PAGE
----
A new study from the Colorado School of Public Health at the Anschutz Medical Campus shows a significant reduction in infant morbidity due to incentive-based smoking cessation interventions. The study, published in Public Health Nursing,examines the results of the interventions provided by the Baby & Me Tobacco Free program (BMTF) throughout Colorado.
The BMTF intervention includes counseling (based on motivational interviewing) provided throughout the pregnancy and postpartum period, biomonitoring feedback via carbon-monoxide breath testing and financial incentives in the form of diaper vouchers contingent on cessation-status.
Key findings from the study include:
- BMTF participants had a 24 percent to 28 percent reduction in the risk of preterm birth and a 24 percent to 55 percent reduction in the risk of neonatal intensive care unit (NICU) admissions.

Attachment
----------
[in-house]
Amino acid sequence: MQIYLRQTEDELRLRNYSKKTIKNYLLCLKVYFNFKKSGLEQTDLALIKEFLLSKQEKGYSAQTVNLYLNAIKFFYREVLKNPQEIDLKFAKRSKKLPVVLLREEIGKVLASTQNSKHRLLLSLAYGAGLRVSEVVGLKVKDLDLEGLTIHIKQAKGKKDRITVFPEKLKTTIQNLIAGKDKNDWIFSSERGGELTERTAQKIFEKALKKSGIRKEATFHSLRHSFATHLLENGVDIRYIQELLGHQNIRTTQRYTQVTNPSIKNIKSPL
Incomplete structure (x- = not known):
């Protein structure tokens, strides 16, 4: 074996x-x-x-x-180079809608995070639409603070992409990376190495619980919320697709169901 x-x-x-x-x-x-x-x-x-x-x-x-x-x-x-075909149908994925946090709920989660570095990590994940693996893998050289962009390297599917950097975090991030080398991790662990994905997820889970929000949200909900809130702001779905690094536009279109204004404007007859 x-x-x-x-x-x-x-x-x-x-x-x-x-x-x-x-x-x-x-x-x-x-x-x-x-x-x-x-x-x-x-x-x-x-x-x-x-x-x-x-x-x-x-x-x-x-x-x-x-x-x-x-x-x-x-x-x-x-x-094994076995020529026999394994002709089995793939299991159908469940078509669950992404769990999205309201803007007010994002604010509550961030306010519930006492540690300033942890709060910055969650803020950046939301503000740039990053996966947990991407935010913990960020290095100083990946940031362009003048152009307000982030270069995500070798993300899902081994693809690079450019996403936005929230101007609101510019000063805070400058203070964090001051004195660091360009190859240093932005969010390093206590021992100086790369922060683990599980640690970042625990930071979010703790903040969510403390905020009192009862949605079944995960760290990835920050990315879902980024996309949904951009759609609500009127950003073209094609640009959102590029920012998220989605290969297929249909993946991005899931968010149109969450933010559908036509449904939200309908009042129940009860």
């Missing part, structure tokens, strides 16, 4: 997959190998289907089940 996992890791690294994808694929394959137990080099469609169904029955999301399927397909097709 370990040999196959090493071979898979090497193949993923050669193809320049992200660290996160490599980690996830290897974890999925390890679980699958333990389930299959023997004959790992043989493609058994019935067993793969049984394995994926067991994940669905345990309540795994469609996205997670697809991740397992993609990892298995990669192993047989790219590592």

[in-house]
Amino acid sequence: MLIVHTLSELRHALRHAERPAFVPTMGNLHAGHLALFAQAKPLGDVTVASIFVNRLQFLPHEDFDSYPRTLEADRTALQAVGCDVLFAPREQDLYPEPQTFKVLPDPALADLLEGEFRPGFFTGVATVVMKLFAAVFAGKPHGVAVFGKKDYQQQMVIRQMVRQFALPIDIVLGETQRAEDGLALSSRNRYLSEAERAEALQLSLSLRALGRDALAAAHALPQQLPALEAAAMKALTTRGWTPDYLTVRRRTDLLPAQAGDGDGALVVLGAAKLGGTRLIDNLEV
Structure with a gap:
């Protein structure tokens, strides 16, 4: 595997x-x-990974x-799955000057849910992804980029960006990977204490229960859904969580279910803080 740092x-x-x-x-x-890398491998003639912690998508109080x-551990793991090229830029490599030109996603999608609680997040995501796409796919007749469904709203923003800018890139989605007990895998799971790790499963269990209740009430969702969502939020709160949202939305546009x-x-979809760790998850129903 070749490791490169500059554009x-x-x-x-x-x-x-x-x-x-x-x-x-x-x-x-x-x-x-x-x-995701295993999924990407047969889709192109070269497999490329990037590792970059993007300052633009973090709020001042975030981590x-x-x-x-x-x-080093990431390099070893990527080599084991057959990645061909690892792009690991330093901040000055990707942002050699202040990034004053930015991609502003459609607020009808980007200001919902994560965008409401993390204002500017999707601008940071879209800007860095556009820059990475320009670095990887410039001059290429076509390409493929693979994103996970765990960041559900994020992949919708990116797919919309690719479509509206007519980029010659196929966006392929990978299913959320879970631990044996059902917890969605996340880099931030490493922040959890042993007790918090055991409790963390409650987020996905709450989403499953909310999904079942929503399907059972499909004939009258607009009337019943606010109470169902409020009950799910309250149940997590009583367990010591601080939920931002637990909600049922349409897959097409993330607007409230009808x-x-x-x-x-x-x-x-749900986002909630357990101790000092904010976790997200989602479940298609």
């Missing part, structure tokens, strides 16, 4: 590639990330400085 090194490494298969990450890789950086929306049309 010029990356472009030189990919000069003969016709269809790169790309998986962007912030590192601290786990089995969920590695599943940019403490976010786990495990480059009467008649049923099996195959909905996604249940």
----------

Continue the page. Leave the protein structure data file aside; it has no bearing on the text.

- Cost savings per participant in BMTF compared to the birth certificate population was $6,040.
- Total annual cost savings for Colorado associated with the BMTF intervention was over $4.1 million compared to the birth certificate reference populations.
- Based on an extrapolation estimate: if the BMTF program covered all Colorado Medicaid recipients who smoked in the three months prior to or during pregnancy in Colorado, the state of Colorado would save an estimate between $16.8 and $6 million dollars annually on healthcare costs associated with adverse smoking-related birth outcomes.
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, Publish on December 13